What Today's Salesperson Can Learn from Clunky Introductions to CRM

What Today’s Salesperson Can Learn from Clunky Introductions to CRM

CRM isn’t just for salespeople, but often, they are the first team within an organization that is introduced to the technology. Then comes marketing, customer service, I.T. – you name it!

When I was first introduced to CRM, the company I worked for at the time was growing and needed to standardize processes and centralize information. They were expanding from the Midwest to locations across the U.S.

This was the first company that I worked for after working in pharmaceutical sales, and it was the first time I was ever introduced to a contemporary sales platform. In this case, Salesforce.

As companies grow and desire to increase their footprint in the marketplace, CRM is a common step to take, but if not properly implemented with the right technology and partner, CRM can be more of a growing pain than a catalyst for growth.

The company I worked for at the time was growing through acquisition and organically, so they needed to step it up and have consistent processes that all their sales teams across the U.S. could follow.

When Salesforce was introduced to me, I got a tiny introduction, but it was more about coming together as a group than about the purposes, function, basics, and benefits of CRM.

Following, I dove in headfirst and was trained on some of the Salesforce basics right out of the gate. Then, it was explained to my team as to why it was implementing, and what it meant for our jobs.

This quick approach was manageable for us at the time but would not apply to all organizations’ approaches to implementing CRM today.

A smaller team may have a few “super users” or “power users,” as their known in the CRM world, who know the system in-and-out and can train new employees as the company grows, be a resource for answers, and guide new enhancements and upgrades internally.

However, for larger teams, this may only be step one, and then CRM is slowly introduced to the organization in its entirety over a certain period as determined by the company’s internal project manager and external CRM partner project manager.

What Today's Salesperson Can Learn from Clunky Introductions to CRM

What Today’s Salesperson Can Learn from Clunky Introductions to CRM

Companies may also opt to roll it out regionally if they’re larger. From a sales perspective, whatever type of implementation you experience, your focus should be on what type of sales information you can pull from CRM and how you can use it to optimize your approach and strategy.

When I was first introduced to CRM, things weren’t seamless, and as a result, I was unable to see the benefits and utilize them in full capacity. I experienced all the common misconceptions that my company failed to address and let perpetuate among users, causing a lack of user adoption.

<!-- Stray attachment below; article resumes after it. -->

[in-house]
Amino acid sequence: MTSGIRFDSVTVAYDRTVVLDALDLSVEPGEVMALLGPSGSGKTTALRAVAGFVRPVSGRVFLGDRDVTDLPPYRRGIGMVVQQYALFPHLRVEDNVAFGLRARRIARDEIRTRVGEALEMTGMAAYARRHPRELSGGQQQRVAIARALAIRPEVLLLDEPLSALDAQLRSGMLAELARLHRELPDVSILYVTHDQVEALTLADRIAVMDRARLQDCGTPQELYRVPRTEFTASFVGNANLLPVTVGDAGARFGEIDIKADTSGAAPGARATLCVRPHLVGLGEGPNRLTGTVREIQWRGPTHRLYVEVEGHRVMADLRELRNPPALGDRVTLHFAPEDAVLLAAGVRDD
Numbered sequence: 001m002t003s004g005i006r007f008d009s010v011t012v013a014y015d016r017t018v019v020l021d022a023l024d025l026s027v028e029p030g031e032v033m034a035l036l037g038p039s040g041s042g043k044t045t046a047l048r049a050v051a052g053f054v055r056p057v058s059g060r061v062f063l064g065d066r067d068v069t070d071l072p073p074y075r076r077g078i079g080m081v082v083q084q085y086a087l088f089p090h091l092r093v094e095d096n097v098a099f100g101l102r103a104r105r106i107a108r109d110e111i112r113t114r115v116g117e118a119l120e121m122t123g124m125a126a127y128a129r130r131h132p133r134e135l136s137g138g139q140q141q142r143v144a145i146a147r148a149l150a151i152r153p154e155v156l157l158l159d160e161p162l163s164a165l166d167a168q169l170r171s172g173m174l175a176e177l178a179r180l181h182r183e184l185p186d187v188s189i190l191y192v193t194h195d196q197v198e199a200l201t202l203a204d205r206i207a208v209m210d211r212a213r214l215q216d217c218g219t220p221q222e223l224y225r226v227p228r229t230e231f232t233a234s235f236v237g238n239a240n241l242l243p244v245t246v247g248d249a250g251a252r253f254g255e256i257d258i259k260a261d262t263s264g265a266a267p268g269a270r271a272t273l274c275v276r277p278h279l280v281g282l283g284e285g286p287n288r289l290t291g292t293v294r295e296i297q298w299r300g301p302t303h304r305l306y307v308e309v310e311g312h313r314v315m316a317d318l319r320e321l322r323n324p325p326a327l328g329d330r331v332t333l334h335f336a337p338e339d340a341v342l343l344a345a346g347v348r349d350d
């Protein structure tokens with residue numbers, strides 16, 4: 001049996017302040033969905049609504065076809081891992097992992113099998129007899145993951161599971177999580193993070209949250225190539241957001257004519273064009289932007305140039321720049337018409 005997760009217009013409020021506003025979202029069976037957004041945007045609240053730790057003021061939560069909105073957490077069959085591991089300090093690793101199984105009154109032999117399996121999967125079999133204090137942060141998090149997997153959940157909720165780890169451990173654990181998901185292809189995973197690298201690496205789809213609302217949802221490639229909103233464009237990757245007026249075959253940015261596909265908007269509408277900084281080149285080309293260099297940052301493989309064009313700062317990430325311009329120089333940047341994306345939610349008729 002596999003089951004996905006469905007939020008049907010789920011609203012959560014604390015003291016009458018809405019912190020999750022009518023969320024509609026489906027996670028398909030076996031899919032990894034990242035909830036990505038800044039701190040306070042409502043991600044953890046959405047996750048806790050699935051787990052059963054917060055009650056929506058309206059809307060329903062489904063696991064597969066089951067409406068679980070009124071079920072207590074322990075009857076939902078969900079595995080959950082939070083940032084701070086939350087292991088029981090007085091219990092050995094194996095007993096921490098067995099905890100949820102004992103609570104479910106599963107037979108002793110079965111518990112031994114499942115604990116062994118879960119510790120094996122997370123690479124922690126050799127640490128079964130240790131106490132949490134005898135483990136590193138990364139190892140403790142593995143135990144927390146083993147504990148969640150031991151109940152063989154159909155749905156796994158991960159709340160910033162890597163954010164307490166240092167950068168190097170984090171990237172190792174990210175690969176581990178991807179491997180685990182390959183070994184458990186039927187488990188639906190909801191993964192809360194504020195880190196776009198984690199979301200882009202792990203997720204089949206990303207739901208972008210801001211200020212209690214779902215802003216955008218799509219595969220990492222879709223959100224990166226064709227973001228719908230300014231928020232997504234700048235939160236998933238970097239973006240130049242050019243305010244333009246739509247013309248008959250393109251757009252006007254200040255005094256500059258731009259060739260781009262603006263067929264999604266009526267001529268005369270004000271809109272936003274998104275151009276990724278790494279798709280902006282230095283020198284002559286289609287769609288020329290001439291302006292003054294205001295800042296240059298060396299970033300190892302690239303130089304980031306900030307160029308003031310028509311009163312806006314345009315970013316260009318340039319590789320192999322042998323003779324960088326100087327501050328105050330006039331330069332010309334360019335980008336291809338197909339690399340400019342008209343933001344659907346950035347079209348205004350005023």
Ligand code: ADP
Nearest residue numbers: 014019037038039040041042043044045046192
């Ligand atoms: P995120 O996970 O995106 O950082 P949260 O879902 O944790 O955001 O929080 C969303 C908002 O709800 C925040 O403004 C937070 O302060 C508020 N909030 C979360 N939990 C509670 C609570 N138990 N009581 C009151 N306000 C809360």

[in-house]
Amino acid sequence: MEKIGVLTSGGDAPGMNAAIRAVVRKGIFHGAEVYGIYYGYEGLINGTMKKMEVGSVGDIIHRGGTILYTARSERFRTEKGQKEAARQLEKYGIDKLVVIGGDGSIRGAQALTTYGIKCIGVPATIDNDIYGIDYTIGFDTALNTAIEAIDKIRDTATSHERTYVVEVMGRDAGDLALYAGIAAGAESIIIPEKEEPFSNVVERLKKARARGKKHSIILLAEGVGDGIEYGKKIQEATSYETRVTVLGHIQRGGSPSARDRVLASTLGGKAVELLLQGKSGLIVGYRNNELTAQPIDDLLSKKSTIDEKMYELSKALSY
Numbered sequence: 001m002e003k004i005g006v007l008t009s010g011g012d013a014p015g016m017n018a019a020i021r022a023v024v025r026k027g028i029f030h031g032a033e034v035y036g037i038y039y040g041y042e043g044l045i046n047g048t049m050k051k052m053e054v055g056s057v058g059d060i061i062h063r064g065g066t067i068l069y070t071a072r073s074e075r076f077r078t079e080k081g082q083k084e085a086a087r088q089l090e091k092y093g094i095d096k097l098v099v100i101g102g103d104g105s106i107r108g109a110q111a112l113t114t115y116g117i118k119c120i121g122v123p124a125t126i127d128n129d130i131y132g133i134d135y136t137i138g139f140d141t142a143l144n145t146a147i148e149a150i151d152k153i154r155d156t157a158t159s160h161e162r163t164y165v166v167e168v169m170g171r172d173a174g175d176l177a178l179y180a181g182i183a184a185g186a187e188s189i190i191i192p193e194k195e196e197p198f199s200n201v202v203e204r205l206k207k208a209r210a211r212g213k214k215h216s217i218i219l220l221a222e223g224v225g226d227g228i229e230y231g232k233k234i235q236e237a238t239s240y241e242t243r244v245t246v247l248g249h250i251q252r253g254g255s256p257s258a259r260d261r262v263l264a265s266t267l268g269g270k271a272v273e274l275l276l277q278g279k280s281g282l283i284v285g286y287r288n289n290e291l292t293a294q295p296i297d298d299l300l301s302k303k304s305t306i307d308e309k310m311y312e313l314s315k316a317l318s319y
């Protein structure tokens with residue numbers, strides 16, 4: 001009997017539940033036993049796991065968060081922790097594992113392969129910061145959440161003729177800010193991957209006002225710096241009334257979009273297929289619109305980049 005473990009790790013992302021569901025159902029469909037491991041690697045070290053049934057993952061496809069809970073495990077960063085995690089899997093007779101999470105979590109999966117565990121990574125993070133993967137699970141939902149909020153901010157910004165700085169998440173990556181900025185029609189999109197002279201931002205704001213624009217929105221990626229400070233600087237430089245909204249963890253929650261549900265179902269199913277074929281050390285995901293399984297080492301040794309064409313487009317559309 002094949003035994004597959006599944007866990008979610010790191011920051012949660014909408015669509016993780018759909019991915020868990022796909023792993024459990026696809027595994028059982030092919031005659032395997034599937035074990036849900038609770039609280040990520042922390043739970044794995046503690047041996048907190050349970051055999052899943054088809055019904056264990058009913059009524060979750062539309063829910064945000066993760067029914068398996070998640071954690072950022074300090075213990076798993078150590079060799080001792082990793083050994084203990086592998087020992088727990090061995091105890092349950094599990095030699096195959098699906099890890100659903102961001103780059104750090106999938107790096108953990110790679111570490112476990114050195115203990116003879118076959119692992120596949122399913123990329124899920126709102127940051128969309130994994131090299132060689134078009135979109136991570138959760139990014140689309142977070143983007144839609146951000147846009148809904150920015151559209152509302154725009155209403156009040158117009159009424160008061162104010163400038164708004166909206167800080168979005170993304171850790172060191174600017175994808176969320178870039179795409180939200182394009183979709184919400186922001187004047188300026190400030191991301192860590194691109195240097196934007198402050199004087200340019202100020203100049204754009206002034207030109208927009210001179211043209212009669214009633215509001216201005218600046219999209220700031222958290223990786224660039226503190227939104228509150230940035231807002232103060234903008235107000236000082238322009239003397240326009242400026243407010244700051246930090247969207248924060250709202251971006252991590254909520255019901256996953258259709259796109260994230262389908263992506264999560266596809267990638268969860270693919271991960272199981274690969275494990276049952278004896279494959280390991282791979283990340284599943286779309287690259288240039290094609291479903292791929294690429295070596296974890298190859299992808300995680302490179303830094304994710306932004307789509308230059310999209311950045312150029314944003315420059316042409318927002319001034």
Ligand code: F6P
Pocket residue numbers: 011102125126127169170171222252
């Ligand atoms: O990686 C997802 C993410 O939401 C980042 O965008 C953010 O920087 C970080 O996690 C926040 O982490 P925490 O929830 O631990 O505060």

The uncertainty around CRM was fueled by speculation and chatter among teammates, which led the team to believe that CRM would “only slow them down.”

No one on my team had experience with CRM, let alone Salesforce. The saying “misery loves company” came to life during the implementation process. The gut feelings my team had of “What we’re doing is working, so why change it?” dictated the culture.

They believed CRM was an extra layer of work. The lack of understanding push seasoned and new employees away from adopting Salesforce.

My team was already successful. Our process was working. We didn’t want to shake things up.

On the contrary, as you can imagine, if you’re doing well from a sales and revenue perspective, that may afford you the opportunity to add new software or technology so that you can evolve your team. It’s a natural step to implement CRM.

However, if people on the ground level are questioning CRM without answers, what has the potential to be a Rockstar investment becomes a missed opportunity.

Sales knows better than most departments how disappointing missed opportunities are. True success lies in the initial approach. First impressions are imperative.

In the Ledgeview Partners eBook, “Lessons Learned: A Salesperson’s Guide to CRM Success,” I discuss my journey overcoming common CRM user adoption hurdles and misconceptions to find success.

I want to help you do the same. If you are a salesperson who wants to refamiliarize yourself with CRM and drive real results for your business through the good, the bad, and the uncertain, this eBook is designed for you.

I hope by the end of this eBook, you consider a new path with CRM in your sales function.

Happy selling!


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